Princess Mary Ligovski doesn’t have a soul as deep and pure as Pushkin’s Tatyana, for after all, she is a haughty and well-educated young lady from Moscow who read Lord Byron’s work in English and knows algebra. Such a girl is not to messed with. It’s interesting to note that Pechorin started flirting with her only after Grushnitski admitted to him his secret affections for her. A superfluous man isn’t satisfied until he ruins and taints someone else’s prospects for happiness. And is he truly satisfied then? No, sadly, he is never satisfied, for to him life is but a pointless string of events, each more dull and less meaningful than the previous one, until sweet death comes. In one discussion in French with Grushnitski, Pechorin says “My friend, I despise women to avoid loving them because otherwise, life would become too ridiculous a melodrama.

Karl Bryullov, The Shishmareva Sisters, 1839

In contrast to Princess Mary’s blind, youthful infatuation with Pechorin, it is another woman, Vera, a faithful beauty from Pechorin’s past who absolutely adores him. Mary fell for Pechorin because he is “tall, dark and handsome”, mysterious, alluring – and he doesn’t seem to be captivated by her which serves only as a motivation for her to win him over. He is the romantic hero that she has only read of, in dreary winter afternoons in Moscow. But Vera loves him deeply, even though their paths in life went differently, and even though she is married…. for the second time and not to him. Though she might be someone else’s wife on paper, her heart belongs to Pechorin only. She tells him, blushing, as they sit together in nature: “You know that I am your slave: I have never been able to resist you… and I shall be punished for it, you will cease to love me! At least, I want to preserve my reputation… not for myself—that you know very well!… Oh! I beseech you: do not torture me, as before, with idle doubts and feigned coldness! It may be that I shall die soon; I feel that I am growing weaker from day to day… And, yet, I cannot think of the future life, I think only of you… You men do not understand the delights of a glance, of a pressure of the hand… but as for me, I swear to you that, when I listen to your voice, I feel such a deep, strange bliss that the most passionate kisses could not take its place.

And Pechorin later praises Vera’s depth of character: “Vera did not make me swear fidelity, or ask whether I had loved others since we had parted… She trusted in me anew with all her former unconcern, and I will not deceive her: she is the only woman in the world whom it would never be within my power to deceive. I know that we shall soon have to part again, and perchance for ever. We will both go by different ways to the grave, but her memory will remain inviolable within my soul. I have always repeated this to her, and she believes me, although she says she does not.

Naive, silly goose, that is what Mary Ligovska is, to think that this dark and mysterious man will give up his cynicism and freedom to marry her. Pechorin makes his views on marriage quite clear: “…over me the word “marry” has a kind of magical power. However passionately I love a woman, if she only gives me to feel that I have to marry her—then farewell, love! My heart is turned to stone, and nothing will warm it anew. I am prepared for any other sacrifice but that; my life twenty times over, nay, my honour I would stake on the fortune of a card… but my freedom I will never sell. Why do I prize it so highly? What is there in it to me? For what am I preparing myself? What do I hope for from the future?… In truth, absolutely nothing.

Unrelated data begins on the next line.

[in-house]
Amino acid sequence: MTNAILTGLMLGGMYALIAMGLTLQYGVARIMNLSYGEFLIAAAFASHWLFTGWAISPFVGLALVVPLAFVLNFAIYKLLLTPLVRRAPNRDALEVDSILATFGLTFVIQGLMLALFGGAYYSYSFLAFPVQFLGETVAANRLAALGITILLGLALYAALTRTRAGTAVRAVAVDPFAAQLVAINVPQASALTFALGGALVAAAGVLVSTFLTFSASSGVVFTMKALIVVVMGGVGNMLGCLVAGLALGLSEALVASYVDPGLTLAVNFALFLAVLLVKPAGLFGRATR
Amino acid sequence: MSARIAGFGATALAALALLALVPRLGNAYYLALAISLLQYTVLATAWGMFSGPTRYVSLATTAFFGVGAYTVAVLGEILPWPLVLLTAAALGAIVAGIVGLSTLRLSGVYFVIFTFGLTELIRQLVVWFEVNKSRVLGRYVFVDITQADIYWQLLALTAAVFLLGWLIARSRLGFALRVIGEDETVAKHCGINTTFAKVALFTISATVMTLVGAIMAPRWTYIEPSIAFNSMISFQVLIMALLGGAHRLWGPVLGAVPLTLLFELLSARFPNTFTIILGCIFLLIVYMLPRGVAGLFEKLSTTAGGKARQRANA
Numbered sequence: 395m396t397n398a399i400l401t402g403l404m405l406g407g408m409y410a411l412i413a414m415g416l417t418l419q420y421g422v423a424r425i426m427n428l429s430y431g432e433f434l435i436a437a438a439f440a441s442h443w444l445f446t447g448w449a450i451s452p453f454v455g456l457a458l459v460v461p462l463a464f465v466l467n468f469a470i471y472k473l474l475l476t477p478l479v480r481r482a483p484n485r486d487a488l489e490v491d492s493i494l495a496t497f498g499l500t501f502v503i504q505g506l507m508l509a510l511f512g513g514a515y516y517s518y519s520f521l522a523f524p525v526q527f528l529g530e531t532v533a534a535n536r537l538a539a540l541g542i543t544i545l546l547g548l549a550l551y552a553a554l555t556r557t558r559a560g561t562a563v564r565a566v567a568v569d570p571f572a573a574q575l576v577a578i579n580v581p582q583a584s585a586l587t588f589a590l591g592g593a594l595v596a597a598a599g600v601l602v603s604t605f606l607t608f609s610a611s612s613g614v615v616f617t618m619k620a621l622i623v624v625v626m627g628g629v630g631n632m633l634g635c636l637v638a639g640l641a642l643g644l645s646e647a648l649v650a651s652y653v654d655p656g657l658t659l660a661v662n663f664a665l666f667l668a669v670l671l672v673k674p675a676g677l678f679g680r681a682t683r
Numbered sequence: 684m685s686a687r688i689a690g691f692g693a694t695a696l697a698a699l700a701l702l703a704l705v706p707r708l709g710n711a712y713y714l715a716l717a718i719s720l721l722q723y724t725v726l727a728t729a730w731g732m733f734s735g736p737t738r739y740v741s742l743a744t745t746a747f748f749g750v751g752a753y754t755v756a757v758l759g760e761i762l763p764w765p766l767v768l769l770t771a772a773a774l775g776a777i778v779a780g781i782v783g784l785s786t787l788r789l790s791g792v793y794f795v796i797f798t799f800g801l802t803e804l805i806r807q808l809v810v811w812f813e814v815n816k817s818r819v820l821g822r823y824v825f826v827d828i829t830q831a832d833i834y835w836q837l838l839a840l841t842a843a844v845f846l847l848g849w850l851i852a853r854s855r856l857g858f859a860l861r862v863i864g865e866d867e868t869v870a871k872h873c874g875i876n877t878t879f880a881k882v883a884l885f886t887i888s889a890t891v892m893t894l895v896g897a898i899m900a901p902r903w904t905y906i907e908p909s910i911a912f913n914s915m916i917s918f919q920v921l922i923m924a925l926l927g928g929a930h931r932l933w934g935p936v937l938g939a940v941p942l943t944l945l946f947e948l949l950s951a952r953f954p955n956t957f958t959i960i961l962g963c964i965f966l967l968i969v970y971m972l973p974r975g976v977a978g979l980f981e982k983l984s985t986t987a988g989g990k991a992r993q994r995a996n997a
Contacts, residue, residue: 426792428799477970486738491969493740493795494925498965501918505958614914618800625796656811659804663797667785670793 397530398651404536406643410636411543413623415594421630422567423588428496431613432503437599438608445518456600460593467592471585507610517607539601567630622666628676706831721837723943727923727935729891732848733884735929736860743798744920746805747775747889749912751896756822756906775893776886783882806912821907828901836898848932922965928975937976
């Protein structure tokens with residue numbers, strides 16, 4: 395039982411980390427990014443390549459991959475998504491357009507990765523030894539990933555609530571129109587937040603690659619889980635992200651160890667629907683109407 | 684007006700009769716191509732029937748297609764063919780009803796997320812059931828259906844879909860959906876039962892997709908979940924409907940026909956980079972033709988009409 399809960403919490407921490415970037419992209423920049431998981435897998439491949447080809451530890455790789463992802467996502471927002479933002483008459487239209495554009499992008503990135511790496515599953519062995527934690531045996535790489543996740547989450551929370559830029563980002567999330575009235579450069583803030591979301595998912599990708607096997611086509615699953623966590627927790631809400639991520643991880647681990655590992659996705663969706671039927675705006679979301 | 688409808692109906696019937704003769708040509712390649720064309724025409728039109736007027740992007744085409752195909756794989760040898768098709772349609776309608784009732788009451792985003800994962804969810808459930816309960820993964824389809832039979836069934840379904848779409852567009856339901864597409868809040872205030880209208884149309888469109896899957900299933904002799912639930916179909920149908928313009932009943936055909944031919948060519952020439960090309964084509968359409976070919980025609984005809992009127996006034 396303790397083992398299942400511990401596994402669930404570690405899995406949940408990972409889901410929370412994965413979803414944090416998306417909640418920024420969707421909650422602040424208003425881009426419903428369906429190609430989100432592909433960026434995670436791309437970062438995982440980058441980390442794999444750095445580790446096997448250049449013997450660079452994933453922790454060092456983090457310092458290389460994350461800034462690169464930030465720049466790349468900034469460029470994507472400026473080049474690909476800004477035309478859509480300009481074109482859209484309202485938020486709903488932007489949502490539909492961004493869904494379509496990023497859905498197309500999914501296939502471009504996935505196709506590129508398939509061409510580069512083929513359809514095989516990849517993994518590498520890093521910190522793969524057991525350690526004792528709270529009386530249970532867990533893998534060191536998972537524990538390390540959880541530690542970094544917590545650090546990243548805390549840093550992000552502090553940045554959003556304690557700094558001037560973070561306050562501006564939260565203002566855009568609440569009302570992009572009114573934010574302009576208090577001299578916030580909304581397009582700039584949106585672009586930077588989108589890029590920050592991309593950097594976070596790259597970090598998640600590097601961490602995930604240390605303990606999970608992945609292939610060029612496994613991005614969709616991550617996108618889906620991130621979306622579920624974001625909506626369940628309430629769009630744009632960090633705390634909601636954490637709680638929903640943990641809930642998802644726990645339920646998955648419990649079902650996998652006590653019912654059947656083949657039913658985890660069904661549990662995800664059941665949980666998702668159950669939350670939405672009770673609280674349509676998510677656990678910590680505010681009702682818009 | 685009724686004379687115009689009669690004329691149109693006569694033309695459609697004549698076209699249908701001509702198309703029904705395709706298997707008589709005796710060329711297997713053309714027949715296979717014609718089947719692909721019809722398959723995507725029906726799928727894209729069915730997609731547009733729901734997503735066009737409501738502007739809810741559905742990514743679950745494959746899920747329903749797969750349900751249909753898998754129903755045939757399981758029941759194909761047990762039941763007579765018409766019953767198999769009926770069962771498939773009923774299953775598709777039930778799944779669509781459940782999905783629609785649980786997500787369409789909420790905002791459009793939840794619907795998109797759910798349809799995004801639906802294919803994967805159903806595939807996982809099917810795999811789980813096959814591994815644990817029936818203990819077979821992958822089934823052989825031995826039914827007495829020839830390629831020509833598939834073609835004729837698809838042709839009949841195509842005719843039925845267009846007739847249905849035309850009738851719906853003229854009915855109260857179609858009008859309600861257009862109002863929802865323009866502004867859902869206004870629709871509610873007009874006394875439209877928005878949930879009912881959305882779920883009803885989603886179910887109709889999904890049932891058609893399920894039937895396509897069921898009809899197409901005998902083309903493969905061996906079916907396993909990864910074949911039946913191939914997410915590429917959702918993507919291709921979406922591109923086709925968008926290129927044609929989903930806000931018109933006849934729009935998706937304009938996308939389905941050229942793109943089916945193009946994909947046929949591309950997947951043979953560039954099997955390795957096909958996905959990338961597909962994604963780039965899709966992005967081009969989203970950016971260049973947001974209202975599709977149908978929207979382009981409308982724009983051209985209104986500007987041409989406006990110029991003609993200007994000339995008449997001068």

Natalia Pushkina, Portrait by Alexander Brullov, 1831

Here is a conversation between Pechorin and Vera which amused me so:

She gazed into my face with her deep, calm eyes. Mistrust and something in the nature of reproach were expressed in her glance.

“We have not seen each other for a long time,” I said.

“A long time, and we have both changed in many ways.”

“Consequently you love me no longer?”…

“I am married!”… she said.

“Again? A few years ago, however, that reason also existed, but, nevertheless”…

She plucked her hand away from mine and her cheeks flamed.

“Perhaps you love your second husband?”…

She made no answer and turned her head away.

“Or is he very jealous?”

She remained silent.

Mikhail Lermontov, Self-portrait, 1837

And to end, here is my favourite passage from the novel which I find totally relatable:

Everyone saw in my face evil traits that I didn’t possess. But they assumed I did, and so they developed. I was modest, and was accused of being deceitful: I became secretive. I had a strong sense of good and evil; instead of kindness I received nothing but insults, so I grew resentful. I was gloomy, other children were merry and talkative. I felt myself superior to them, but was considered inferior: I became envious. I was ready to love the whole world, but no one understood me, so I learned to hate. My colorless youth was spent in a struggle with myself and with the world. Fearing mockery, I buried my best feelings at the bottom of my heart: there they died.”

Romanticism – Age of Sentimentality, Melancholy, Love, Death and Fallen Heroes

17 Oct

I dedicate this post to Frederic Chopin who died on 17th October 1849 and all the other Romantics who ‘ruined’ my life in the most positive way! ___________________________________________________________

Exploration of the inner self lead the Romantics to discover a prodigious world of mysticism, imagination and dreams.

To romanticize the world is to make us aware of the magic, mystery and wonder of the world; it is to educate the senses to see the ordinary as extraordinary, the familiar as strange, the mundane as sacred, the finite as infinite.”(Novalis)

1818. Wanderer above the Sea of Fog - Casper David Friedrich